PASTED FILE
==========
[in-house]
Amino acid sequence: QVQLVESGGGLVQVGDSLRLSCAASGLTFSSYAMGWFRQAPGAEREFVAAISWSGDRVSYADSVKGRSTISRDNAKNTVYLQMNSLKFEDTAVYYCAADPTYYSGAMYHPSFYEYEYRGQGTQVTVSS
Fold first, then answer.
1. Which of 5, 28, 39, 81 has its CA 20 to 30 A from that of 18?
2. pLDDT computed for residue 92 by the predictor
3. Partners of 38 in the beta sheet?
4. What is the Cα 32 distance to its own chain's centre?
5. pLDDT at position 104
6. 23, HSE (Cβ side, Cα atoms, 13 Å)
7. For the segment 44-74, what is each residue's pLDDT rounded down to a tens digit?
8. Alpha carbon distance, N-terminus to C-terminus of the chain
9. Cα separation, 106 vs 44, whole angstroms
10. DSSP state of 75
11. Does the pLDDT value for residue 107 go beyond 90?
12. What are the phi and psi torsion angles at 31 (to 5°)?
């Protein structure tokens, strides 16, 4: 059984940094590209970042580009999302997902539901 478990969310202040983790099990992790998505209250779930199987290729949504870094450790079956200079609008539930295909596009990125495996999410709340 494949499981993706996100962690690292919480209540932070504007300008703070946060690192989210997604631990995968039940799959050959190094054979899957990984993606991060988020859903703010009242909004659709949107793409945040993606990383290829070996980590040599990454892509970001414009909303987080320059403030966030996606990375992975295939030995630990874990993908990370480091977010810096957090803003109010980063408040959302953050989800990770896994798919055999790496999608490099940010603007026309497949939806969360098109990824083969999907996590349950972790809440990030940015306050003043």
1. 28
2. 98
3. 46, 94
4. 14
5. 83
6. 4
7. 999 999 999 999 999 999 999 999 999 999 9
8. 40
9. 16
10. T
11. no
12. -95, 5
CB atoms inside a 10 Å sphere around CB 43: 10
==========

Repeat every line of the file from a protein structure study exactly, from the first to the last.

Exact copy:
[in-house]
Amino acid sequence: QVQLVESGGGLVQVGDSLRLSCAASGLTFSSYAMGWFRQAPGAEREFVAAISWSGDRVSYADSVKGRSTISRDNAKNTVYLQMNSLKFEDTAVYYCAADPTYYSGAMYHPSFYEYEYRGQGTQVTVSS
Fold first, then answer.
1. Which of 5, 28, 39, 81 has its CA 20 to 30 A from that of 18?
2. pLDDT computed for residue 92 by the predictor
3. Partners of 38 in the beta sheet?
4. What is the Cα 32 distance to its own chain's centre?
5. pLDDT at position 104
6. 23, HSE (Cβ side, Cα atoms, 13 Å)
7. For the segment 44-74, what is each residue's pLDDT rounded down to a tens digit?
8. Alpha carbon distance, N-terminus to C-terminus of the chain
9. Cα separation, 106 vs 44, whole angstroms
10. DSSP state of 75
11. Does the pLDDT value for residue 107 go beyond 90?
12. What are the phi and psi torsion angles at 31 (to 5°)?
């Protein structure tokens, strides 16, 4: 059984940094590209970042580009999302997902539901 478990969310202040983790099990992790998505209250779930199987290729949504870094450790079956200079609008539930295909596009990125495996999410709340 494949499981993706996100962690690292919480209540932070504007300008703070946060690192989210997604631990995968039940799959050959190094054979899957990984993606991060988020859903703010009242909004659709949107793409945040993606990383290829070996980590040599990454892509970001414009909303987080320059403030966030996606990375992975295939030995630990874990993908990370480091977010810096957090803003109010980063408040959302953050989800990770896994798919055999790496999608490099940010603007026309497949939806969360098109990824083969999907996590349950972790809440990030940015306050003043």
1. 28
2. 98
3. 46, 94
4. 14
5. 83
6. 4
7. 999 999 999 999 999 999 999 999 999 999 9
8. 40
9. 16
10. T
11. no
12. -95, 5
CB atoms inside a 10 Å sphere around CB 43: 10